Also, the commenter requests to allow installation of a “1 coupling into a used impeller, if the fit is correct.

We do not agree. A -1 coupling cannot be installed in a used impeller even if the fit is correct. The surface of a used impeller that mates to the coupling must be cleaned by machining. After machining, a larger coupling is required.

Conclusion

We have carefully reviewed the available data, including the comments received, and determined that air safety and the public interest require adopting the AD with the changes described previously. We have determined that these changes will neither increase the economic burden on any operator nor increase the scope of the AD.

Costs of Compliance

There are about 9,000 RRC 250-B and 250-C series turboprop and turboshaft engines of the affected design in the worldwide fleet. We estimate that 6,000 engines installed on helicopters and airplanes of U.S. registry will be affected by this AD. We also estimate that it would take about 3 work hours per engine to perform the actions when done at time of rotor disassembly, and that the average labor rate is $65 per work hour. Required parts will cost about $1,601 per engine. Based on these figures, we estimate the total cost of the AD to U.S. operators to be $10,776,000.

Authority for This Rulemaking

Title 49 of the United States Code specifies the FAA's authority to issue rules on aviation safety. Subtitle I, Section 106, describes the authority of the FAA Administrator. Subtitle VII, Aviation Programs, describes in more detail the scope of the Agency's authority.

We are issuing this rulemaking under the authority described in Subtitle VII, Part A, Subpart III, Section 44701, “General requirements.” Under that section, Congress charges the FAA with promoting safe flight of civil aircraft in air commerce by prescribing regulations for practices, methods, and procedures the Administrator finds necessary for safety in air commerce. This regulation is within the scope of that authority because it addresses an unsafe condition that is likely to exist or develop on products identified in this rulemaking action.

Regulatory Findings

We have determined that this AD will not have federalism implications under Executive Order 13132. This AD will not have a substantial direct effect on the States, on the relationship between the national government and the States, or on the distribution of power and responsibilities among the various levels of government.

For the reasons discussed above, I certify that this AD:

(1) Is not a “significant regulatory action” under Executive Order 12866;

(2) Is not a “significant rule” under DOT Regulatory Policies and Procedures (44 FR 11034, February 26, 1979); and

(3) Will not have a significant economic impact, positive or negative, on a substantial number of small entities under the criteria of the Regulatory Flexibility Act.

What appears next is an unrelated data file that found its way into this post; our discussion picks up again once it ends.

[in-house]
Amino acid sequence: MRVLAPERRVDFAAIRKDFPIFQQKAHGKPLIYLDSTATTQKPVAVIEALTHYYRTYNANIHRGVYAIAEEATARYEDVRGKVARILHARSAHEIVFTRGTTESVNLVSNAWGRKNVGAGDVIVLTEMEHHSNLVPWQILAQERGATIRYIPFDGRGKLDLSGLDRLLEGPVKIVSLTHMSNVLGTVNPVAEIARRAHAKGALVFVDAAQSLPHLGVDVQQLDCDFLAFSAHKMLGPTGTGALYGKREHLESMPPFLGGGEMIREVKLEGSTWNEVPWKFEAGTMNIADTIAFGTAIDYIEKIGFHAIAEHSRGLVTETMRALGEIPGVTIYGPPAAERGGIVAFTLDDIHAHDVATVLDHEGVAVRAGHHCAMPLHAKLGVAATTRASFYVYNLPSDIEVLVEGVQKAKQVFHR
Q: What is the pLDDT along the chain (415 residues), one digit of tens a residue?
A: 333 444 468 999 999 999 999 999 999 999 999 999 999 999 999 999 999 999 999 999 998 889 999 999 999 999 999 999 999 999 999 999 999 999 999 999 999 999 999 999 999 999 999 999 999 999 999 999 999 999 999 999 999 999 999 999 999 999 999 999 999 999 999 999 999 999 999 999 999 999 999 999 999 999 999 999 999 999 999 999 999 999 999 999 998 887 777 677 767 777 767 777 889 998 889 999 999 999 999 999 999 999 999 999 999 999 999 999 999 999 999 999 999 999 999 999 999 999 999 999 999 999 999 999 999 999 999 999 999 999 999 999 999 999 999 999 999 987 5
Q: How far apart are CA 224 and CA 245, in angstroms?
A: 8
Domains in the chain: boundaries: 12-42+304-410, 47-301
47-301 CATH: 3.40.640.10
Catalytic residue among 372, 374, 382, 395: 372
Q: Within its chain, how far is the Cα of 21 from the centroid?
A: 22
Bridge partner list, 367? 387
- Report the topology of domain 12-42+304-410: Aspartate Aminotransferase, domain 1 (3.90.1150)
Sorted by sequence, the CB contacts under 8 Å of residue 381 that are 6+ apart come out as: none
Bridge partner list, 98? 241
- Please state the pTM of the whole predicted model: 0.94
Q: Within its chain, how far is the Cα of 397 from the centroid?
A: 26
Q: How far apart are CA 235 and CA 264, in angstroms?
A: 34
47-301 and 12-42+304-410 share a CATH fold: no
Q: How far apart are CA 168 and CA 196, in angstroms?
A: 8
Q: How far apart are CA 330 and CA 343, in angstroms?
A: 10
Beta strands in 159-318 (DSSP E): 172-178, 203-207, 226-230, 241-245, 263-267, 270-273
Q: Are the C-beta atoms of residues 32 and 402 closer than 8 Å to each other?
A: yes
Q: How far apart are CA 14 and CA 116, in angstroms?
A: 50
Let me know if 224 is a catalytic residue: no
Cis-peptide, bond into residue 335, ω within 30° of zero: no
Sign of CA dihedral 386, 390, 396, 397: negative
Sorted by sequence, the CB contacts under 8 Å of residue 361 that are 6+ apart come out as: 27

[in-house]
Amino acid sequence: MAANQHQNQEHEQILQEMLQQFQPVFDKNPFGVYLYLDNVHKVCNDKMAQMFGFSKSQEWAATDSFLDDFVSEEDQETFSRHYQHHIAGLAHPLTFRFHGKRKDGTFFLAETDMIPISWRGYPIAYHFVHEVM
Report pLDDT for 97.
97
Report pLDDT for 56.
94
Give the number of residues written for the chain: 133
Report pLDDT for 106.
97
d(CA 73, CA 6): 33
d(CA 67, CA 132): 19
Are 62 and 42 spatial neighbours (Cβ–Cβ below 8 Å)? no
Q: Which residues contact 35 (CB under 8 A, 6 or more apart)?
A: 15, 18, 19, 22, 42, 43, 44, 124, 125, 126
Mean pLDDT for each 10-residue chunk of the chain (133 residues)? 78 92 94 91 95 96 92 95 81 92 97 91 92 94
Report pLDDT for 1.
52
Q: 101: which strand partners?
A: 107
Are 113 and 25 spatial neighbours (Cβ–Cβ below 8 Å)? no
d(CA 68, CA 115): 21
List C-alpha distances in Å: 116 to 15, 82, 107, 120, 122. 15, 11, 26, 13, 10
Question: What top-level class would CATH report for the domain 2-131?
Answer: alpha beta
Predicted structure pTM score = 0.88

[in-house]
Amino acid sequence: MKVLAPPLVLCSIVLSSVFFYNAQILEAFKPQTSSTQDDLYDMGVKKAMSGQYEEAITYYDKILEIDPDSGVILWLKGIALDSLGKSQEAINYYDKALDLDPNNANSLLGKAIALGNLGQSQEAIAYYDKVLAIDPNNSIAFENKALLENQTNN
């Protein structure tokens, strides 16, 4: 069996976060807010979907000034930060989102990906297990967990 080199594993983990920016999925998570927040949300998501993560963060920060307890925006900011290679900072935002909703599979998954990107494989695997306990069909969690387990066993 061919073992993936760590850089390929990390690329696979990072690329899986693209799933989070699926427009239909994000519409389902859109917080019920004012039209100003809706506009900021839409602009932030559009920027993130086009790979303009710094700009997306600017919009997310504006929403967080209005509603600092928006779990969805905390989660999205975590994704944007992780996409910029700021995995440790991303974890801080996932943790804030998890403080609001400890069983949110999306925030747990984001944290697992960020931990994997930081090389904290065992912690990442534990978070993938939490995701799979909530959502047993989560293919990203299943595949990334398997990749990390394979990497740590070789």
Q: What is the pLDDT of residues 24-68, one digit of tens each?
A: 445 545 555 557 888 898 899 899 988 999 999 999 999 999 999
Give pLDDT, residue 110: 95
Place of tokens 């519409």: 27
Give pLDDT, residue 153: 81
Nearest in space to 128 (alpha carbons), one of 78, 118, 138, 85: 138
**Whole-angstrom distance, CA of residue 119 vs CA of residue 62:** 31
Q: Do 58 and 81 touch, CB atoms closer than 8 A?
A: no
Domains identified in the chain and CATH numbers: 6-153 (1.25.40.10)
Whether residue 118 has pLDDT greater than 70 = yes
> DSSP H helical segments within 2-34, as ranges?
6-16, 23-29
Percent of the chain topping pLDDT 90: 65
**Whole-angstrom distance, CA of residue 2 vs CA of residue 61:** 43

We prepared a summary of the costs to comply with this AD and placed it in the AD Docket. You may get a copy of this summary at the address listed under ADDRESSES.

Start List of Subjects

List of Subjects in 14 CFR Part 39

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Adoption of the Amendment

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Accordingly, under the authority delegated to me by the Administrator, the Federal Aviation Administration amends

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PART 39—AIRWORTHINESS DIRECTIVES

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1. The authority citation for part 39 continues to read as follows:

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Authority: 49 U.S.C. 106(g), 40113, 44701.

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[Amended]
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2. The FAA amends § 39.13 by adding the following new airworthiness directive:

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2004-26-09 Rolls-Royce Corporation (formerly Allison Engine Company, Allison Gas Turbine Division, and Detroit Diesel Allison): Amendment 39-13921. Docket No. FAA-2004-18515; Directorate Identifier 2004-NE-12-AD.

Effective Date

(a) This airworthiness directive (AD) becomes effective February 8, 2005.

Affected ADs

(b) None.

Applicability

(c) This AD applies to Rolls-Royce Corporation (formerly Allison Engine Company, Allison Gas Turbine Division, and Detroit Diesel Allison) 250-B17, -B17B, -B17C, -B17D, -B17E, 250-C20, -C20B, -C20F, -C20J, -C20S, and -C20W series turboprop and turboshaft engines with the compressor adaptor couplings installed listed in the following Table 1: Start Printed Page 264

Table 1.—Affected Compressor Adaptor Couplings

ManufacturerAffected part numbers
Alcor Engine Company (Alcor)P/Ns 23039791AL.
23039791AL-1/-2/-3.
EXTEX Ltd. (EXTEX)A23039791.
E23039791.
E23039791-1/-2/-3.
EH23039791.
EH23039791-1/-2/-3.
Rolls-Royce Corporation (RRC)23039791-1/-2/-3.
Superior Air Parts (SAP)A23039791.

These engines are installed on, but not limited to, the aircraft in the following Table 2:

Table 2.—Applicable Aircraft

Helicopters
Agusta Models.